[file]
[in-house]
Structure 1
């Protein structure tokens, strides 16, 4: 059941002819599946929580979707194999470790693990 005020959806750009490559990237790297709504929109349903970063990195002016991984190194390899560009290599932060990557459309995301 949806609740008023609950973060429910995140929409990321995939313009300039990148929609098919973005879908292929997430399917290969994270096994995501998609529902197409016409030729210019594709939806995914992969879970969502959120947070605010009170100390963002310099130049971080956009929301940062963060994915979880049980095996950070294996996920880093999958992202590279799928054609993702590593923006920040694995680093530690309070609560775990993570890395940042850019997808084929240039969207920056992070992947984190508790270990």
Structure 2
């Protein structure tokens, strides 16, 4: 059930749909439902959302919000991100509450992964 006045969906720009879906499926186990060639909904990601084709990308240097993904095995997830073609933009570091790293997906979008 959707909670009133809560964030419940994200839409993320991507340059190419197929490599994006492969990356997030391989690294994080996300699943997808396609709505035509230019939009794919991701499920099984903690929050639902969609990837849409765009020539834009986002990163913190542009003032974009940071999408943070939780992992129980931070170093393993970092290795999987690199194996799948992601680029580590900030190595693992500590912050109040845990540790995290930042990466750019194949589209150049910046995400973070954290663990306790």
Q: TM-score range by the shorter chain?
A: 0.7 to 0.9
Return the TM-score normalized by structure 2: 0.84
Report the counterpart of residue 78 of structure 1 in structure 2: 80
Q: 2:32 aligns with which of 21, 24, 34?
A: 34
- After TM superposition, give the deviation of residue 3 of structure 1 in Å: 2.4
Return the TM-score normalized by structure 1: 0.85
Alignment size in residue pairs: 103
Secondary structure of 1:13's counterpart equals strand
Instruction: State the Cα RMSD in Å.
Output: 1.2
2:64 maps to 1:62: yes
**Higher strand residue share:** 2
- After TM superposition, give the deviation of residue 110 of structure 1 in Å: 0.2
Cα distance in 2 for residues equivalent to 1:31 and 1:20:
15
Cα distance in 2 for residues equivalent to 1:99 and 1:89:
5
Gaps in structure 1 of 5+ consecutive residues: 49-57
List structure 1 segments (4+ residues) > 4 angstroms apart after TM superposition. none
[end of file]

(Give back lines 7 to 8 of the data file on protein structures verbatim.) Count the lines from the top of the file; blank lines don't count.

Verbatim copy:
A: 0.7 to 0.9
Return the TM-score normalized by structure 2: 0.84